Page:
2. Dear Art ,in reading and rereading Your article ,my female cousin`s son comes to my mind .He clearly suffered hypoxia during his birth and her`s ! -she a diabetic- .His right arm is somewhat disabled (like those monsters Stalin, german King Frederik ..) But and now a b i g but this did not prevent him to "function" very properly (girls dating ,profession career...) and to me he is -like his mother and his grandmother completely free of any signs of depression 1 Is he the proverbial exception to the rule or did he inherit their well functioning defense system .by the way -he did inherit his father's athletic phyique -contrary ton mine (204cm .Yours emanuel
    PS. In Brasilia there is a 14 years old girl with 206 cm!!!! With an adorable pretty face and publich attention ...Under 14 years old teenie You might google this girl


Review of "Beyond Belief"

This thought-provoking and important book shows how people are drawn toward dangerous beliefs.
“Belief can manifest itself in world-changing ways—and did, in some of history’s ugliest moments, from the rise of Adolf Hitler to the Jonestown mass suicide in 1979. Arthur Janov, a renowned psychologist who penned The Primal Scream, fearlessly tackles the subject of why and how strong believers willingly embrace even the most deranged leaders.
Beyond Belief begins with a lucid explanation of belief systems that, writes Janov, “are maps, something to help us navigate through life more effectively.” While belief systems are not presented as inherently bad, the author concentrates not just on why people adopt belief systems, but why “alienated individuals” in particular seek out “belief systems on the fringes.” The result is a book that is both illuminating and sobering. It explores, for example, how a strongly-held belief can lead radical Islamist jihadists to murder others in suicide acts. Janov writes, “I believe if people had more love in this life, they would not be so anxious to end it in favor of some imaginary existence.”
One of the most compelling aspects of Beyond Belief is the author’s liberal use of case studies, most of which are related in the first person by individuals whose lives were dramatically affected by their involvement in cults. These stories offer an exceptional perspective on the manner in which belief systems can take hold and shape one’s experiences. Joan’s tale, for instance, both engaging and disturbing, describes what it was like to join the Hare Krishnas. Even though she left the sect, observing that participants “are stunted in spiritual awareness,” Joan considers returning someday because “there’s a certain protection there.”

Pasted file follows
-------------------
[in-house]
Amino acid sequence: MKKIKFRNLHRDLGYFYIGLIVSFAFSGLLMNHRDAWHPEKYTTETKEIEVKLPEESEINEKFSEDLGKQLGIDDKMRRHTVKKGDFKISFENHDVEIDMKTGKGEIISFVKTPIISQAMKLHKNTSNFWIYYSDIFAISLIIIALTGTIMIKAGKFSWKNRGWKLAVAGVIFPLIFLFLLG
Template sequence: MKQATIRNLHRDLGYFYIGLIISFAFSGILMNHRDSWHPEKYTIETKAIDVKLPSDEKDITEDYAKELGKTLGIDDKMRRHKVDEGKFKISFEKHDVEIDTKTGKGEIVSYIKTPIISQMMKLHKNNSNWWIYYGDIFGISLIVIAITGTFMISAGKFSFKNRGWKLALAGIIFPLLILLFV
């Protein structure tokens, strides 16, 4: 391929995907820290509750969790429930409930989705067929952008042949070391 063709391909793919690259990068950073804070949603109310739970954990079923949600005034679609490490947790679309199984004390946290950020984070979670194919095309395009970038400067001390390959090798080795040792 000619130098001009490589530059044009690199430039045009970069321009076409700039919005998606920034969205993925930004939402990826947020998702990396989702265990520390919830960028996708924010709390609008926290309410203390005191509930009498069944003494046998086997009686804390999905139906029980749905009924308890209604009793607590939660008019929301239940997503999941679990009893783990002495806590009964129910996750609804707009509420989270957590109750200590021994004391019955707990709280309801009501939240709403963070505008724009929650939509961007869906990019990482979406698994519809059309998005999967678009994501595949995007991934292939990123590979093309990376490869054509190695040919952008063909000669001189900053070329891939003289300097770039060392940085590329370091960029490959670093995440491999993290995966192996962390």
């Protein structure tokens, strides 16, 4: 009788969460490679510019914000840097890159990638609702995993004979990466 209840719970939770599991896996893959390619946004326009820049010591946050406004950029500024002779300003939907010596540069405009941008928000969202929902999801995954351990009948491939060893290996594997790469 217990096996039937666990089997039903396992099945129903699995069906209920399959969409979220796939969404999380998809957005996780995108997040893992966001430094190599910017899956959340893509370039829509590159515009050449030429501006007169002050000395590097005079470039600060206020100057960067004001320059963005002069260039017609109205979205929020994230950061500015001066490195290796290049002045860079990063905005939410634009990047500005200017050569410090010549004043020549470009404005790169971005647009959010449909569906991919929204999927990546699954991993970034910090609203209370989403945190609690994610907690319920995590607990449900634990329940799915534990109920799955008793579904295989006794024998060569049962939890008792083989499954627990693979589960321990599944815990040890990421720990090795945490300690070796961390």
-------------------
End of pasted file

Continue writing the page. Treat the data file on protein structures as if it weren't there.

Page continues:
Janov’s great insight into cultish leaders is particularly interesting; he believes such people have had childhoods in which they were “rejected and unloved,” because “only unloved people want to become the wise man or woman (although it is usually male) imparting words of wisdom to others.” This is just one reason why Beyond Belief is such a thought-provoking, important book.”
Barry Silverstein, Freelance Writer

Quotes for "Life Before Birth"

“Life Before Birth is a thrilling journey of discovery, a real joy to read. Janov writes like no one else on the human mind—engaging, brilliant, passionate, and honest.
He is the best writer today on what makes us human—he shows us how the mind works, how it goes wrong, and how to put it right . . . He presents a brand-new approach to dealing with depression, emotional pain, anxiety, and addiction.”
Paul Thompson, PhD, Professor of Neurology, UCLA School of Medicine

Art Janov, one of the pioneers of fetal and early infant experiences and future mental health issues, offers a robust vision of how the earliest traumas of life can percolate through the brains, minds and lives of individuals. He focuses on both the shifting tides of brain emotional systems and the life-long consequences that can result, as well as the novel interventions, and clinical understanding, that need to be implemented in order to bring about the brain-mind changes that can restore affective equanimity. The transitions from feelings of persistent affective turmoil to psychological wholeness, requires both an understanding of the brain changes and a therapist that can work with the affective mind at primary-process levels. Life Before Birth, is a manifesto that provides a robust argument for increasing attention to the neuro-mental lives of fetuses and infants, and the widespread ramifications on mental health if we do not. Without an accurate developmental history of troubled minds, coordinated with a recognition of the primal emotional powers of the lowest ancestral regions of the human brain, therapists will be lost in their attempt to restore psychological balance.
Jaak Panksepp, Ph.D.
Bailey Endowed Chair of Animal Well Being Science
Washington State University